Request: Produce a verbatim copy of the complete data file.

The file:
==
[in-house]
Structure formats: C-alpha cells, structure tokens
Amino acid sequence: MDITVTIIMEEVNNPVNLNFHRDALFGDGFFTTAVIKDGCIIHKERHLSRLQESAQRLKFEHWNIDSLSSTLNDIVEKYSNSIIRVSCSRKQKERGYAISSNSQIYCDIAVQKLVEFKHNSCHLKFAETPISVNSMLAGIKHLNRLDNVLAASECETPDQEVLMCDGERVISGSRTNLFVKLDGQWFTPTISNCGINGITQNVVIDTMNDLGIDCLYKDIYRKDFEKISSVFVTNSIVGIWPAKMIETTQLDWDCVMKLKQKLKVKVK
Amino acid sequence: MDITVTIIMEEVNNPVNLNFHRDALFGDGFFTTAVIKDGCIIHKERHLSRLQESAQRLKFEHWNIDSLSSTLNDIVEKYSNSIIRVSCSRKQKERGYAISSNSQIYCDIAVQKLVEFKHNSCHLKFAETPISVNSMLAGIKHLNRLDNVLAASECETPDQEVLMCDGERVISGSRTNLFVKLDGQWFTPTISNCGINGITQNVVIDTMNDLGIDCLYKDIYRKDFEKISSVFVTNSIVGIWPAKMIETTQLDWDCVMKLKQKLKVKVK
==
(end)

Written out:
[in-house]
Structure formats: C-alpha cells, structure tokens
Amino acid sequence: MDITVTIIMEEVNNPVNLNFHRDALFGDGFFTTAVIKDGCIIHKERHLSRLQESAQRLKFEHWNIDSLSSTLNDIVEKYSNSIIRVSCSRKQKERGYAISSNSQIYCDIAVQKLVEFKHNSCHLKFAETPISVNSMLAGIKHLNRLDNVLAASECETPDQEVLMCDGERVISGSRTNLFVKLDGQWFTPTISNCGINGITQNVVIDTMNDLGIDCLYKDIYRKDFEKISSVFVTNSIVGIWPAKMIETTQLDWDCVMKLKQKLKVKVK
Amino acid sequence: MDITVTIIMEEVNNPVNLNFHRDALFGDGFFTTAVIKDGCIIHKERHLSRLQESAQRLKFEHWNIDSLSSTLNDIVEKYSNSIIRVSCSRKQKERGYAISSNSQIYCDIAVQKLVEFKHNSCHLKFAETPISVNSMLAGIKHLNRLDNVLAASECETPDQEVLMCDGERVISGSRTNLFVKLDGQWFTPTISNCGINGITQNVVIDTMNDLGIDCLYKDIYRKDFEKISSVFVTNSIVGIWPAKMIETTQLDWDCVMKLKQKLKVKVK